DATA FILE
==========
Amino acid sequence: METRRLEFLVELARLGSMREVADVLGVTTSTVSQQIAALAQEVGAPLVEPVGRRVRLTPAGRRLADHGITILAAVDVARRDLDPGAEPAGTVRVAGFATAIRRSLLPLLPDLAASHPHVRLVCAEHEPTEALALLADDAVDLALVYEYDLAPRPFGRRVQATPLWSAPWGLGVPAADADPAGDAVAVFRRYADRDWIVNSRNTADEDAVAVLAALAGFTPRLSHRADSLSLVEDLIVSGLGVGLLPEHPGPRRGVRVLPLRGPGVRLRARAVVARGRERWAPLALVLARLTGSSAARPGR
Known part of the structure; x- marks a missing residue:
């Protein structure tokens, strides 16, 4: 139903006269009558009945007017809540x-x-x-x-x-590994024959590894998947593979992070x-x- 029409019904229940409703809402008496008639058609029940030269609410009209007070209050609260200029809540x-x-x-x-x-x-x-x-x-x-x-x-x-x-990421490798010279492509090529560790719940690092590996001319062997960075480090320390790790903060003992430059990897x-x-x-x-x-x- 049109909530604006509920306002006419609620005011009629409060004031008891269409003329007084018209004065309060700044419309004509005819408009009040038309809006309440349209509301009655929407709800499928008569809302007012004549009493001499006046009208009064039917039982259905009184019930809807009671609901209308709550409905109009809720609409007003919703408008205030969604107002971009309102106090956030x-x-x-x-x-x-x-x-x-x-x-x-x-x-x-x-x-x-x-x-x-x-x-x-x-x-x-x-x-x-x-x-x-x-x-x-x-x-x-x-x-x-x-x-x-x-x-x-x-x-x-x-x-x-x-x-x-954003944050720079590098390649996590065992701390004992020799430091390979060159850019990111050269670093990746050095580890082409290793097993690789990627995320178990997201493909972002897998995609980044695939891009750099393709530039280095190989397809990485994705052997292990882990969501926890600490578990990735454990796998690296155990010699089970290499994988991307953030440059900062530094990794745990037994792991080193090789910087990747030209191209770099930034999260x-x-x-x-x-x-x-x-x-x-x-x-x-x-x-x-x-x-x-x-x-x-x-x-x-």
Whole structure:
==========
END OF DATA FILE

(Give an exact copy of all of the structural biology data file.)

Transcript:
Amino acid sequence: METRRLEFLVELARLGSMREVADVLGVTTSTVSQQIAALAQEVGAPLVEPVGRRVRLTPAGRRLADHGITILAAVDVARRDLDPGAEPAGTVRVAGFATAIRRSLLPLLPDLAASHPHVRLVCAEHEPTEALALLADDAVDLALVYEYDLAPRPFGRRVQATPLWSAPWGLGVPAADADPAGDAVAVFRRYADRDWIVNSRNTADEDAVAVLAALAGFTPRLSHRADSLSLVEDLIVSGLGVGLLPEHPGPRRGVRVLPLRGPGVRLRARAVVARGRERWAPLALVLARLTGSSAARPGR
Known part of the structure; x- marks a missing residue:
């Protein structure tokens, strides 16, 4: 139903006269009558009945007017809540x-x-x-x-x-590994024959590894998947593979992070x-x- 029409019904229940409703809402008496008639058609029940030269609410009209007070209050609260200029809540x-x-x-x-x-x-x-x-x-x-x-x-x-x-990421490798010279492509090529560790719940690092590996001319062997960075480090320390790790903060003992430059990897x-x-x-x-x-x- 049109909530604006509920306002006419609620005011009629409060004031008891269409003329007084018209004065309060700044419309004509005819408009009040038309809006309440349209509301009655929407709800499928008569809302007012004549009493001499006046009208009064039917039982259905009184019930809807009671609901209308709550409905109009809720609409007003919703408008205030969604107002971009309102106090956030x-x-x-x-x-x-x-x-x-x-x-x-x-x-x-x-x-x-x-x-x-x-x-x-x-x-x-x-x-x-x-x-x-x-x-x-x-x-x-x-x-x-x-x-x-x-x-x-x-x-x-x-x-x-x-x-x-954003944050720079590098390649996590065992701390004992020799430091390979060159850019990111050269670093990746050095580890082409290793097993690789990627995320178990997201493909972002897998995609980044695939891009750099393709530039280095190989397809990485994705052997292990882990969501926890600490578990990735454990796998690296155990010699089970290499994988991307953030440059900062530094990794745990037994792991080193090789910087990747030209191209770099930034999260x-x-x-x-x-x-x-x-x-x-x-x-x-x-x-x-x-x-x-x-x-x-x-x-x-």
Whole structure: